Seven experiences I gained in Japan

Last autumn, I visited a friend in Kyoto - my first vacation to Japan in almost three decades.

I went without a fixed itinerary but secretly told myself to accomplish a number of things while there.

After eight days in Tokyo, Hakone and Kyoto, I surprised myself by ticking off all the items on my unofficial checklist, and can now rave about them:

1. Romancing Japanese fare

I have always wondered why friends who visit Japan wax lyrical about its cuisine as if they had savoured a part of heaven.

On my first evening out in Tokyo, I stumbled upon a random sushi joint and decided to judge for myself. With one bite of a succulent salmon rice-roll that melted in my mouth, my palette flew to paradise and back, and for a few moments, I rattled off some gastronomical haiku.

Early the next morning, I headed to Tsukiji to see the world's biggest seafood market.

After witnessing mind-boggling images of giant tunas auctioned in an indescribable cacophony of sounds and smells, my breakfast of assorted raw fish and sea urchin at a nearby stall made me realise, for the first time, what real sashimi tasted like.

I visited a renowned restaurant where food is straw-grilled to perfection in front of diners. The chef seared my bonito chunks in ceiling high flames with a mastery that was a performance in itself, and when the sizzling morsels hit my tastebuds, I swear it was akin to falling in love!

I will never look at Japanese food served elsewhere the same way again.

2. Celebrating an ancient tradition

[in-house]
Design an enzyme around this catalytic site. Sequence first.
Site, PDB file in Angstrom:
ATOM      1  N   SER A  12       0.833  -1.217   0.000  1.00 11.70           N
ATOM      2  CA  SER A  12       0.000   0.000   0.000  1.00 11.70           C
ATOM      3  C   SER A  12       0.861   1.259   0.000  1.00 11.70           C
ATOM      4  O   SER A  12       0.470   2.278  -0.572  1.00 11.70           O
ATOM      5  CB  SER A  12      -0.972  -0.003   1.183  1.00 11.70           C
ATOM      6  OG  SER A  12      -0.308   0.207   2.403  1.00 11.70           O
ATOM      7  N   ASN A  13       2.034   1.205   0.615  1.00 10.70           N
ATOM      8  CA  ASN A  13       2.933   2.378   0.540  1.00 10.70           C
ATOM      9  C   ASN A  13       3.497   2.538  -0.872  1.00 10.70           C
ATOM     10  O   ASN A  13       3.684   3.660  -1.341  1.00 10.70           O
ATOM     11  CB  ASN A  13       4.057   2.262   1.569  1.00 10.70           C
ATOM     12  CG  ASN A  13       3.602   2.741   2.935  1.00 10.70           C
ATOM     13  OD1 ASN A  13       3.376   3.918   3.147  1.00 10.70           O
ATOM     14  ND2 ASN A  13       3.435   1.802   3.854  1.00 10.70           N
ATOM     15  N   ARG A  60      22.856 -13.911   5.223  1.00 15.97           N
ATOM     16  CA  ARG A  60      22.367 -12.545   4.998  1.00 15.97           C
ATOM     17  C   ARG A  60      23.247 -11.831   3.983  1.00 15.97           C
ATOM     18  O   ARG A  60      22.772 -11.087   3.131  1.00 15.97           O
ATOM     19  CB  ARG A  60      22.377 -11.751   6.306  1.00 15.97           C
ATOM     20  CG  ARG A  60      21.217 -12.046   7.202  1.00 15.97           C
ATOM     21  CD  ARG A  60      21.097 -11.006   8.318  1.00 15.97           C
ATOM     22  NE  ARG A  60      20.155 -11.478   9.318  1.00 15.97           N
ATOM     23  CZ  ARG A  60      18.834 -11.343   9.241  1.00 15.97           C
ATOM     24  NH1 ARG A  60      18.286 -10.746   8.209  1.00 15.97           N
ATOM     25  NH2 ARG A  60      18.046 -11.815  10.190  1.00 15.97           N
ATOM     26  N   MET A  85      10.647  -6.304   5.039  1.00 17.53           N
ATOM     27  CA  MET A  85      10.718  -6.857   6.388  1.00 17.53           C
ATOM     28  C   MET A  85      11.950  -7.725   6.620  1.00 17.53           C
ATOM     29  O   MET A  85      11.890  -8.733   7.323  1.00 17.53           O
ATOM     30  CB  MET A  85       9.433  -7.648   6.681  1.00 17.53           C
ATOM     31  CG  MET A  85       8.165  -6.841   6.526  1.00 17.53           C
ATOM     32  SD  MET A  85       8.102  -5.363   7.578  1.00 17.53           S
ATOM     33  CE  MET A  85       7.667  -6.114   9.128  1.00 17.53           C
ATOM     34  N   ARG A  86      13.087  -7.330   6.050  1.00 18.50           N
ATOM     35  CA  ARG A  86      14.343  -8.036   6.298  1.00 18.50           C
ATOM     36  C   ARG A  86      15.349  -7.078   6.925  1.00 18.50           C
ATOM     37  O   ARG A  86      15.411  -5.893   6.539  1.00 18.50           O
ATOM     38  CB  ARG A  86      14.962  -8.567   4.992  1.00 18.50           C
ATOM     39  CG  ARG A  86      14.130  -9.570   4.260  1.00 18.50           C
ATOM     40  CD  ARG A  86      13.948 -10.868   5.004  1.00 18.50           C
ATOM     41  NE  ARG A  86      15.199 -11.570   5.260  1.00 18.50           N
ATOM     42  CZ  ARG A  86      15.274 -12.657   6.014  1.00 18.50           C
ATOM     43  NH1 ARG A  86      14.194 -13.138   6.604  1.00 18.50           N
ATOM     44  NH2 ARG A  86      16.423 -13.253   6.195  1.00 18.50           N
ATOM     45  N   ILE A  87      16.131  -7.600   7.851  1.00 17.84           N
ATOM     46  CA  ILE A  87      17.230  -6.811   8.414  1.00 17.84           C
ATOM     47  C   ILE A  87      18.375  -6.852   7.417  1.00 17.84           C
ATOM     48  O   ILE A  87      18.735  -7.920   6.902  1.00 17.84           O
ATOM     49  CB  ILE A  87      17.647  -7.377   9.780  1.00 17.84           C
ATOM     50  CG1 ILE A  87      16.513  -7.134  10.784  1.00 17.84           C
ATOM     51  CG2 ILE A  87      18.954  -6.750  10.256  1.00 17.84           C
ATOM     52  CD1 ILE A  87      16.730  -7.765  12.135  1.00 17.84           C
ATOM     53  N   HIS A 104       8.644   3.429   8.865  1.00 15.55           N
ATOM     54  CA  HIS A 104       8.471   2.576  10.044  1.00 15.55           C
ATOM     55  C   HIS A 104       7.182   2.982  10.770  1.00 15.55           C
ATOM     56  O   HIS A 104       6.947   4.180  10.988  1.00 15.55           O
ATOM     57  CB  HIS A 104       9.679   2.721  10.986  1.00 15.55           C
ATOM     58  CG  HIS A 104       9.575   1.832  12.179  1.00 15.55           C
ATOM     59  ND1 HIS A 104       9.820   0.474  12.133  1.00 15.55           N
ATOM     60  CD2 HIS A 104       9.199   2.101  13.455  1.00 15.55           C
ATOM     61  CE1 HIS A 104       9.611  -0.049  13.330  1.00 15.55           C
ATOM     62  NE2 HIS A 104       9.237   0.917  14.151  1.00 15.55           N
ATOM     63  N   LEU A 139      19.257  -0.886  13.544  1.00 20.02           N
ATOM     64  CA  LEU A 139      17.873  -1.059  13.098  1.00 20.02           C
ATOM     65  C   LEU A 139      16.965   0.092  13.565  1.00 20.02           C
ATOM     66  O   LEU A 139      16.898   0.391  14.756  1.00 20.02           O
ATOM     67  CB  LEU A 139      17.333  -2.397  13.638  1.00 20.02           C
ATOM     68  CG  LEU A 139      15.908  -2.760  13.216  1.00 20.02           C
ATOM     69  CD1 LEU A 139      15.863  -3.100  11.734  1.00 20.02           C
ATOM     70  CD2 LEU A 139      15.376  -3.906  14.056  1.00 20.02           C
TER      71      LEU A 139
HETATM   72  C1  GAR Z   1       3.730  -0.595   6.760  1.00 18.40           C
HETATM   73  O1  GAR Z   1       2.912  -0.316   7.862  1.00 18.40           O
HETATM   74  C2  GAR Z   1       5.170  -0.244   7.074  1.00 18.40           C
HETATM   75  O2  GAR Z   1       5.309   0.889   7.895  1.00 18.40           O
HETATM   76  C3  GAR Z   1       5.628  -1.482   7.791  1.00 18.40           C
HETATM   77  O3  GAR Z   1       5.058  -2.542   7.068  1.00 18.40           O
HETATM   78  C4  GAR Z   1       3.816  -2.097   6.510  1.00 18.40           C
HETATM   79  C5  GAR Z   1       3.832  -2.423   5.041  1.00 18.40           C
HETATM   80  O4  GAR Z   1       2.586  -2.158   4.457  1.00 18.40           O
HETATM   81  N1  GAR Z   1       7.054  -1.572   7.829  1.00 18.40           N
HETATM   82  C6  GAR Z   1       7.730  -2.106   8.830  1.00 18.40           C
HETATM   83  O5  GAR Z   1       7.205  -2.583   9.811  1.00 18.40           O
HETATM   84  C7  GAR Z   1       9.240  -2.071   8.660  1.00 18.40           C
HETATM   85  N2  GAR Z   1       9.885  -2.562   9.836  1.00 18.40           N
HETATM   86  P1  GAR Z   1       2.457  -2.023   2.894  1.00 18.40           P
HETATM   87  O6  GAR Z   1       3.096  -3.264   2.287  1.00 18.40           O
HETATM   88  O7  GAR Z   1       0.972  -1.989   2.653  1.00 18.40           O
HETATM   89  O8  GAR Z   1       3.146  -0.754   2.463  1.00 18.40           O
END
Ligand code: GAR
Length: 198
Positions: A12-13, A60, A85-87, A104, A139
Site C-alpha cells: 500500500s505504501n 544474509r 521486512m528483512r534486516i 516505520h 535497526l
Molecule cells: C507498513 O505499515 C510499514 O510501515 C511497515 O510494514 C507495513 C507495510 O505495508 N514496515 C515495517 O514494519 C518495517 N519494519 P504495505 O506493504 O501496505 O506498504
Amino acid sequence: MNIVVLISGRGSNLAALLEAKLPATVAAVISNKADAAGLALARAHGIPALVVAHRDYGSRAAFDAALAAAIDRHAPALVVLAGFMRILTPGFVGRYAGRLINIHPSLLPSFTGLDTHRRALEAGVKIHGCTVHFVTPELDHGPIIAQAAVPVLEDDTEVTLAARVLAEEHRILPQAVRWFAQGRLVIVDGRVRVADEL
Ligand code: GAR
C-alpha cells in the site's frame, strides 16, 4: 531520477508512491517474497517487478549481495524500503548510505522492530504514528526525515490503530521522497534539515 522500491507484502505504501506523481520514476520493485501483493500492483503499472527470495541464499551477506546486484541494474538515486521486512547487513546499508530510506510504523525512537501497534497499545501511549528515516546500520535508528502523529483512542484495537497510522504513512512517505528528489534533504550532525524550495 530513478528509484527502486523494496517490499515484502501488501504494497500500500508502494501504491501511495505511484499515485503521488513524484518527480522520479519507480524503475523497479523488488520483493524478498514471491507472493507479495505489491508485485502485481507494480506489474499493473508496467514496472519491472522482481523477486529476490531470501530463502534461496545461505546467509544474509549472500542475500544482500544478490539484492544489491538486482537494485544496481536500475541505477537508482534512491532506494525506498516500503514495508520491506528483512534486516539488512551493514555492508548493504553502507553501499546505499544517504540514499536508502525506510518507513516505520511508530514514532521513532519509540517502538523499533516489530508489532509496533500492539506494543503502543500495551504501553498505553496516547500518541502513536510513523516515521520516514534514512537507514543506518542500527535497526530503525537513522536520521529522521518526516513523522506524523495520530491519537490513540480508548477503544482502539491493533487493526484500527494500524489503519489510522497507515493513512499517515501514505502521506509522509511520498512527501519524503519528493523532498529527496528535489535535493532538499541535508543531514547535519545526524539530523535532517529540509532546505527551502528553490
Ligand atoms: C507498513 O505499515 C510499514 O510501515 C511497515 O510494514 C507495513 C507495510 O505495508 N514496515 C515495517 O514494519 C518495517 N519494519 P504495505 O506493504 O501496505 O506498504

From the carnivalesque atmosphere at Tokyo's 1,500-year-old incense shrouded Senso-ji (where I picked my fortune from a canister) to cherry tree-lined Ueno Park and majestic Imperial Palace, to Kyoto's glittering Kinkaku-ji - Japan's beguiling temples, palaces and gardens are rich storytellers of culture, power and beauty that have held sway for millennia.

Through the giant torii (gates) at Meiji-jingu - Tokyo's largest shrine - I witnessed a traditional Shinto wedding procession take place, the solemn entourage oblivious to the prying eyes of curious tourists and their cameras.

I was fortunate to celebrate with hundreds in two ancient festivals that coincided with my visit, and spotted Kyoto's elusive geishas, as well as sumo wrestlers in Tokyo's Ryogoku district, rushing probably to star in their respective epic memoirs.

Whatever it is, this fluid, multi -faceted country of futuristic skyscrapers and perpetual change exists in perfect symbiosis with its legendary traditions.

3. Braving a sea of humanity

As I tiptoed behind an unrelenting crowd to catch a glimpse of the famous Hachiko dog statue and strode across Shibuya's famous intersection, miraculously dodging head-on pedestrians, I discovered one obvious Tokyo fact: Its energy is decidedly electrifying, even infectious.

Just watching Tokyoites scurrying about was no fun; I had to join in to feel the city's throbbing pulse.

Harajuku is a level up. Swept by the ebb of a human tsunami, I lost myself among trendy youth and occasional goth-lolitas.

For en masse fashionista-spotting, target Omote-sando and Ginza. This is everyday Tokyo - nonchalant, confident, one-of-a-kind and at ease with itself.

4. Embracing a bizarre pop culture